Political complacency will hasten plunge into autocracy: Australian media
[TamilNet, Wednesday, 17 February 2010, 01:58 GMT]
Australia’s nonchalant approach to Sri Lanka’s rapid decline into a full-blown autocracy would be a betrayal of the inhabitants of the land “should Australia be seen to abandon support for democracy in order to preserve relations with an increasingly authoritarian ruler” warned The Age in an editorial on Friday. Citing the alleged slaughter of thousands of Tamil civilians, the abduction of journalists and the recent arrest of presidential candidate Sarath Fonseka, all under the gaze of the current administration, the paper urged the Rudd Government to take a pro-active stance as it has done to sanction other pacific nations that have defied the frameworks of democracy or risk failing its vested responsibilities as a regional power.
Describing the arrest of Sarath Fonseka by Sri Lankan president Rajapakse as an act of “authoritarianism”, the conflict between the two men, both “undeterred by allegations of human rights abuses in the final days of the conflict” has illustrated a willingness to by the current Government to “crush any future opposition” and move closer from the frameworks of democracy to a violent and dangerous dictatorship, one that Australia must pay attention to.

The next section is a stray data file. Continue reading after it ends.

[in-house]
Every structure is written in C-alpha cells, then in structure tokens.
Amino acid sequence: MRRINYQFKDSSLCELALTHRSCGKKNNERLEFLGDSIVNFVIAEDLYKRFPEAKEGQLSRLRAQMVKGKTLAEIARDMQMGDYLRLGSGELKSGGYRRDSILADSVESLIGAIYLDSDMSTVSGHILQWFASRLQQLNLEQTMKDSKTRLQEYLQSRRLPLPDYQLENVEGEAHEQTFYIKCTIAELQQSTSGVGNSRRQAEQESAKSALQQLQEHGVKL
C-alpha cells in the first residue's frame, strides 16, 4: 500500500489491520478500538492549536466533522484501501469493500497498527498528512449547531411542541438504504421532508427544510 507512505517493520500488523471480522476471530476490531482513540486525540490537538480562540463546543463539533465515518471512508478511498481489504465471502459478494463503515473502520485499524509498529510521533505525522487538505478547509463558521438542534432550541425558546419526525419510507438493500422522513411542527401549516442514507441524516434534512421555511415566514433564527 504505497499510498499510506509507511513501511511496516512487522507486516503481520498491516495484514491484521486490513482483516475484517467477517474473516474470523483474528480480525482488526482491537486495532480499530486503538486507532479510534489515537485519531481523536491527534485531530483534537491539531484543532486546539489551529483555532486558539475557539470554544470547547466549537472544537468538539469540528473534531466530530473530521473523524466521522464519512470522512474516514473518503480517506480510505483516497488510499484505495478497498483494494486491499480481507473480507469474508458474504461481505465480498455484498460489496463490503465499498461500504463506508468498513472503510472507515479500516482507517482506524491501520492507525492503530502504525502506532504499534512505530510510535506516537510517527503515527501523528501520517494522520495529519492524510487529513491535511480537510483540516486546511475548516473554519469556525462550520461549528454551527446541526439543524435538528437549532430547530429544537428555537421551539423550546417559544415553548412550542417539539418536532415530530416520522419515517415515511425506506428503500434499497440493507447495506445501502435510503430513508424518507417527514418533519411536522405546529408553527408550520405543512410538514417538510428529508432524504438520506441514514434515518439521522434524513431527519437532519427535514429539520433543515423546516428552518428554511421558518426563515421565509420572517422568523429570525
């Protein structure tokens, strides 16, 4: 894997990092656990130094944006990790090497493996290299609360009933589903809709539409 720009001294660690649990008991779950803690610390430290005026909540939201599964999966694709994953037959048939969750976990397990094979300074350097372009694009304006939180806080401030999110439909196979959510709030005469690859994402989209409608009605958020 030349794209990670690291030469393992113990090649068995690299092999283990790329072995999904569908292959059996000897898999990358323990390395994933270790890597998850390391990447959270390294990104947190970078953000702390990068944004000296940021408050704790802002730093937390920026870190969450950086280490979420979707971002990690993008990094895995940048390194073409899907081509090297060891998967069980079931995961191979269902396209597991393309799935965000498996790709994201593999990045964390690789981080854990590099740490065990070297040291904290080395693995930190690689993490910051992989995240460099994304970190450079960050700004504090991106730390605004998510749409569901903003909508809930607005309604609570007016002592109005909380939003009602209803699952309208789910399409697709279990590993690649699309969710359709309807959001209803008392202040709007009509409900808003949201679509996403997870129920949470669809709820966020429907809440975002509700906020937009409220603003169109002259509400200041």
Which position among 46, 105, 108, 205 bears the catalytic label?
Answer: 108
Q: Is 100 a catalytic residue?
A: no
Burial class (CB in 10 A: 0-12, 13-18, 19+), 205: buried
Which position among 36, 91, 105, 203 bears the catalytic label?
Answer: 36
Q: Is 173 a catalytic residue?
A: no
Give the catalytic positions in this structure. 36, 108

“The war and instability in Sri Lanka affect all the countries of South Asia - and by extension, Australia, as an Indian Ocean power. If the Rudd government genuinely seeks a reputation for an ’activist' foreign policy, Australia should take a stand against Sri Lanka's slide from democracy” the editorial warned.
Attempts by the Australian Government to curb the steady influx of Tamil refugees seeking asylum in Australia has seen close co-operation between the two Governments in recent months, building upon an important trade and foreign relationship that has often taken ascendency over humanitarian issues, visible during the latter stages of the armed conflict when Prime Minister Rudd refused to comment on the unfolding humanitarian disaster in the North East despite continued pressure from activists.
“Australia has so far merely said it was watching developments closely. This passive attitude could be easily confused with a willingness to pander to Colombo out of fear that any criticism could jeopardise Sri Lankan co-operation with Australia on immigration matters. It would be a greater betrayal of the Sri Lankan people should Australia be seen to abandon support for democracy in order to preserve relations with an increasingly authoritarian ruler”.
“For a different island nation in the Pacific, Australia did take a strong stand. After Fiji broke from democracy, Australia was at the spearhead of moves to suspend the country from the Commonwealth. Sri Lanka is also a member of the Commonwealth, and should be put on notice that it risks a similar penalty” the editorial urged.